After making a left turn into the park, we drive to the ranger station to check in, handing over a few bills for the day-use fee. Then we continue further into a magnificent redwood forest as though entering into a magical paradise. After parking the car, we unfold our legs and stretch, tipping our heads up to match the awe-inspiring Redwoods’ height. We stand in a world where breathing is easier.  Our eyes search for a picnic table by the Papermill Creek so we can be soothed by the sound of gentle flowing water – perfect music for unwinding. After the last bite of our sandwiches, we stroll around hand in hand, delighting in the laughter of children playing and the mesquite aroma of the barbecues. The group picnic site evokes special memories as we approach: birthday celebrations and college graduations with barbecued meats, bean bag tossing, cake, and camaraderie.

But the deli and park aren’t exclusive to pulling us out of the stop and go traffic back in town. We detour off Sir Francis Drake Boulevard by turning right on a side street, driving at the posted fifteen-miles-per-hour speed limit through the blink-of-an-eye town of Nicasio. This town is where the Rancho Nicasio restaurant and concert venue resides. The “barbecues on the lawn” find their way onto our summer to-do list each year: great food, a margarita or two, the tree-lined scenery, and band of the day. But when the sun sets, the atmosphere takes on a new alchemy – enchanting strings of lights and stars in the night sky twinkle to create an unforgettable evening.

Passing Nicasio and nearing Bear Valley Visitor Center where we’ve hiked and picnicked, our eyes notice the cows grazing in the pastures. They often lift their heads to see who’s passing by. We arrive at the center and wander through, reading displays on all types of wildlife: deer, coyotes, jackrabbits, bobcats, gopher snakes, and great blue herons – education at our fingertips. I always manage to find something appealing in the gift shop: another t-shirt or bandanna to add to my collection, or one more book to keep others company in my bookcase, waiting to have their pages turned.

If we don’t plan to hike or picnic at the center, we head less than ten minutes away to the delightful town of Point Reyes Station. First stop, I spoil myself with a latte from Toby’s Coffee Bar. Toby’s is our favorite store in town. From chocolate, nuts, and jams, to shirts, jewelry, greeting cards, and books, this inviting store has everything! We mosey around, never walking out empty handed.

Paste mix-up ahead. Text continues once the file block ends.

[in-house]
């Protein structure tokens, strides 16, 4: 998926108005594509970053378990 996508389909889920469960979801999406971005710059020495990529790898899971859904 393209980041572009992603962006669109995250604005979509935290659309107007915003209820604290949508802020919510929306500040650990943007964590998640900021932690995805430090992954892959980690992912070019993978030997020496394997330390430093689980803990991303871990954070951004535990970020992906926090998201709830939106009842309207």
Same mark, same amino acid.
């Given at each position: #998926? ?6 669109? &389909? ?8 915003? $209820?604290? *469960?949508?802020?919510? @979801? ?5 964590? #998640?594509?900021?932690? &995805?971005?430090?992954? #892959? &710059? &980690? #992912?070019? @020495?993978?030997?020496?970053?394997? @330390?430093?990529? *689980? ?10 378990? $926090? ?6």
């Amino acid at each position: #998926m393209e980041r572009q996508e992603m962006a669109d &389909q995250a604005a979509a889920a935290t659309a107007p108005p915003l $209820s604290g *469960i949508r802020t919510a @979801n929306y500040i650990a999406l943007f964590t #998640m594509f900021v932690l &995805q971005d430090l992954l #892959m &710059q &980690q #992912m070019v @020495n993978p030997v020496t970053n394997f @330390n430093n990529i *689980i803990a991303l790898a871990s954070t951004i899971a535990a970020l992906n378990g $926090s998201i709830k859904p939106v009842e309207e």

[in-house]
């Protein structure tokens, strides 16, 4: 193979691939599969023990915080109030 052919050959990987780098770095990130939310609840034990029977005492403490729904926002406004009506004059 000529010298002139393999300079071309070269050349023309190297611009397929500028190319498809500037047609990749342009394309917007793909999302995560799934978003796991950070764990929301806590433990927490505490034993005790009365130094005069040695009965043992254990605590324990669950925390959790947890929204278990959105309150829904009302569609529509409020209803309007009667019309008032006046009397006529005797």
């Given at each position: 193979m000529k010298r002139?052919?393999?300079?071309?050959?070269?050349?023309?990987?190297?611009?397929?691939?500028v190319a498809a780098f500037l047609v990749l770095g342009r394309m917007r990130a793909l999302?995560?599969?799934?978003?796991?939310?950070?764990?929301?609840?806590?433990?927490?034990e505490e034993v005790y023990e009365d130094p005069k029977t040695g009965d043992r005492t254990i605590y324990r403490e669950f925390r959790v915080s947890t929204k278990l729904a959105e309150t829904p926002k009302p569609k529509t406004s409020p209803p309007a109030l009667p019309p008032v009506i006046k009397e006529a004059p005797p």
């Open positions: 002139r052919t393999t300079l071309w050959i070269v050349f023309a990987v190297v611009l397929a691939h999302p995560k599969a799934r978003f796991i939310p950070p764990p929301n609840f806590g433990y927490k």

After finishing up at Toby’s with bags in hand, we enjoy one more spree and it’s for cheese! Stepping into Cowgirl Creamery, we hesitate, unsure of what delectable variety our palates crave: an Aged Sharp Cheddar or Gouda, a crumbly Goat cheese, or a Soft Brie or Camembert. When minds are made up, we add to the shuffling of bags with cheese in hand, and look for a table to savor it. If we didn’t lunch already, we may head to the Palace Market’s deli for a sandwich, saving the cheese for later. A bench suffices while we satisfy our hunger and watch regulars and visitors amble by. We then immerse ourselves into perusing each little shop with gusto. Point Reyes Station offers enjoyment for all. It’s a quaint town for a shopping expedition, to simply wander and window shop, or to satisfy appetites. It is the texture of Bay Area country living – a leisurely embrace of life.

Marin County brims with cozy and tranquil destinations where life is unhurried. These lovely locations offer reprieve from idling on crowded streets with frustrated drivers. We pause, crossing the threshold into a simpler time. Choosing whatever journey’s-end we prefer, Marin County is full of magic. We transport to where the air is refreshing, birds delightfully sing, trees welcome our company, and since the pace is easy-going, we actually have time to “smell the roses.”

This was written pre-Covid, but I’m optimistic that we’ll have the chance to repeat this adventure when life enters into a another new normal – one without masks and social distancing, when hugs and handshakes are welcomed, and smiles are seen again.

I hope you enjoyed! Lauren 💗
Photo credit: Google images for Samuel P Taylor picnic ground
& Pt. Reyes. All other photos are mine.

           

Her Offerings

Harmony lives in each flow of a breeze
In each gentle embrace of evergreens
The clear blue enchantingly shields
Let nothing stay concealed.

Blooms tender their affable smile
Leaves listen in for awhile
Birdsong soothes the whirling mind
A landscape perfectly designed
.

Nature’s lessons are plentiful
Shall our choices be flexible?
We are not ignorant to her offerings
Receive them for relief of suffering
.

A painting of beauty and brilliance
Mesmerizing even in distance
Can you deny the splendid view?
Allow serenity to fall into you
.

Lauren Scott (c) 2020
Photo: from our backyard

A Covid 4th of July!

Since my husband and I had yesterday off for the holiday, we took a drive on the back country roads, stopped at a deli along the way for takeout sandwiches, then headed to one of our favorite parks. Our morning began early because we wanted to dodge crowds due to Covid. We were prepared, though, ready to social distance and sport our masks when necessary.

When we arrived, the park was already half full with patrons eager to enjoy this beautiful day – temperature in the mid-seventies, perfect. We pulled into a parking stall, and before enjoying lunch, we ventured onto the trails for a good walk. Surrounded by Redwoods and all that nature offers in this outdoor playground is nothing short of magical.